TOKYO -- Smartphones have long sported liquid crystal displays for their screens, but a next-generation technology is gaining ground and will likely get a further boost when it is adopted in new iPhones.
Major LCD panel maker Japan Display announced plans last December to turn Joled, a manufacturer of organic light-emitting diode panels, into a subsidiary. Joled had been created through the merger of Panasonic's and Sony's OLED operations.
"We will be able to offer options for all displays," said Japan Display Chairman and CEO Mitsuru Homma at a news conference, explaining the reasoning behind the move.
Japan Display's strength has been small and midsize low-temperature polysilicon, or LTPS, panels -- an energy-efficient type of LCD used in such devices as smartphones. Yet it decided to acquire an OLED business because Apple is expected to use OLED displays in its iPhone for the first time starting with a model due out this fall. OLEDs are said to produce vivid colors and are energy-efficient.
LCDs are projected to account for 73% of smartphone panels in 2017, down 3 percentage points from the prior year, while the share held by OLED displays will likely rise 3 points to 27%, according to research company IHS Technology. Of all liquid crystal displays, the LTPS panels' share is seen slipping 1 point to 31%. In 2018, LTPS and OLED panels are expected to be even, with OLED displays holding a 5-point lead with a 35% share in 2019.
OLED displays are in short supply partly because Chinese smartphone makers have also begun using them. South Korea's Samsung Electronics has begun boosting output capacity by more than 50% at a cost of about 8 trillion won ($7 billion). Chinese players such as BOE Technology Group are also building new plants.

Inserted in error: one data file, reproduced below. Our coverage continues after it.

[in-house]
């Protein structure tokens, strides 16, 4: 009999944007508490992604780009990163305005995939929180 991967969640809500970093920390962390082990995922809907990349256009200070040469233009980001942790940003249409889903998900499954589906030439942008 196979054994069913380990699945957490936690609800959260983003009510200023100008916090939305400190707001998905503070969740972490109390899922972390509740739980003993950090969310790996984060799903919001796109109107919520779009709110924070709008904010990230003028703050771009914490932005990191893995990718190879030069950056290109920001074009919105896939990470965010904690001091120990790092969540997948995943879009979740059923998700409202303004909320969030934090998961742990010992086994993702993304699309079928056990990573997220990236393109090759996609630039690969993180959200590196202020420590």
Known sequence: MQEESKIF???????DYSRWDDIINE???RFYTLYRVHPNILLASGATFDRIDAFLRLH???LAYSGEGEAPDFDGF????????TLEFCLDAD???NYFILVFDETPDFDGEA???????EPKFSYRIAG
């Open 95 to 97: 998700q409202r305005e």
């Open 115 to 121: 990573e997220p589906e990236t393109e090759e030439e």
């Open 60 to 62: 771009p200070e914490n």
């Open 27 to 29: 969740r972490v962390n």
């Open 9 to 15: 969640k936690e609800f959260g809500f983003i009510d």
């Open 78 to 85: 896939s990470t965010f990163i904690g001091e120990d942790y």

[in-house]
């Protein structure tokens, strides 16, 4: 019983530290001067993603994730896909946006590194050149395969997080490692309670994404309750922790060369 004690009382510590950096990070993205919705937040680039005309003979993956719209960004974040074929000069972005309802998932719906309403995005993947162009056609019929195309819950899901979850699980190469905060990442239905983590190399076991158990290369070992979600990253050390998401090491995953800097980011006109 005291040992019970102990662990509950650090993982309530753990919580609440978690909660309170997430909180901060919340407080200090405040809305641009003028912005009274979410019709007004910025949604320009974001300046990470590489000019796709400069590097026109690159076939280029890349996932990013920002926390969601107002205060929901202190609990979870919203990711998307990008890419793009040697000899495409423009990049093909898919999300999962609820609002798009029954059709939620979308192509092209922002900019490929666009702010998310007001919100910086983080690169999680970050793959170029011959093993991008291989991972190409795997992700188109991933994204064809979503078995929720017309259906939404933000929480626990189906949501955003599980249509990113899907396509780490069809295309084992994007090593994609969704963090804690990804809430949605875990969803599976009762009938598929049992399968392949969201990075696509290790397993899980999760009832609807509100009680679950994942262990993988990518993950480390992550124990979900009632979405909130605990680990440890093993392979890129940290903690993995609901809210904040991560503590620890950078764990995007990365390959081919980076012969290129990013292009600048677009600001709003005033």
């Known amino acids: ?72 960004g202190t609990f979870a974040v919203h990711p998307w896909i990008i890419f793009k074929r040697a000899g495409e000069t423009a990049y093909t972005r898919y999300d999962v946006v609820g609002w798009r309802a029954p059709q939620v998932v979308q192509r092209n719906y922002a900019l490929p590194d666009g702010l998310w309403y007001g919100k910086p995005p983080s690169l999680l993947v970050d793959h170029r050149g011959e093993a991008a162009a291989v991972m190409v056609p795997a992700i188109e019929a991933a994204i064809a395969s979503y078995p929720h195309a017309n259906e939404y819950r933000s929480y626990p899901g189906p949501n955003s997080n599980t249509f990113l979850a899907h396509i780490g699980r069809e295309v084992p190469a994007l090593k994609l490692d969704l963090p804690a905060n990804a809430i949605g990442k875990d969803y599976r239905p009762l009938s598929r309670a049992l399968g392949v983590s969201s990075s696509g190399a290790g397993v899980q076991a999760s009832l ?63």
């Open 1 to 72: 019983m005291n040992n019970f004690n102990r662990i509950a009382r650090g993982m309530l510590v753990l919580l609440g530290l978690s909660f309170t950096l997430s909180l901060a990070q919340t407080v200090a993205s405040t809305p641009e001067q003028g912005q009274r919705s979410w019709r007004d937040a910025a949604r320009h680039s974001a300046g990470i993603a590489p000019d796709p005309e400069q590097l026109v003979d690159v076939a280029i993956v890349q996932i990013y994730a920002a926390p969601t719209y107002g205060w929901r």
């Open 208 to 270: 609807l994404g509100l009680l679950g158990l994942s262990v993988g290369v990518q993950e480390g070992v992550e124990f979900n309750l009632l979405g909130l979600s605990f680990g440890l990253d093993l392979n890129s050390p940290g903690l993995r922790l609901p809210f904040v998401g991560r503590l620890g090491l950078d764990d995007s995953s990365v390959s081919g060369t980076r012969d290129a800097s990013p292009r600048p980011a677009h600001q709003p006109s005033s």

The large-lot price of 5.5-inch OLED displays, the size used in high-end smartphones, is about 30% higher than that of comparable full high definition LCDs. But the price gap will likely narrow in line with increased OLED panel production.
Battle turning to large TVs
Meanwhile, LCD makers are improving the performance of their products. Japan Display plans to launch LCD panels this year with extremely narrow bezels -- the frames that surround the screens. "They will look just like OLEDs," said Yasuo Nakane, a senior analyst at Mizuho Securities.
Japan Display is also developing bendable LCDs that use plastic film, hoping to improve the price competitiveness of LCDs relative to flexible OLED panels.
In the future, the focus will shift to large TVs. At present, the price of 55-inch OLED panels for TVs is more than triple that of LCDs. The difference in production costs is more pronounced than for small and midsize panels. Whether OLED panels become popular in this area will likely depend on efforts to stimulate demand.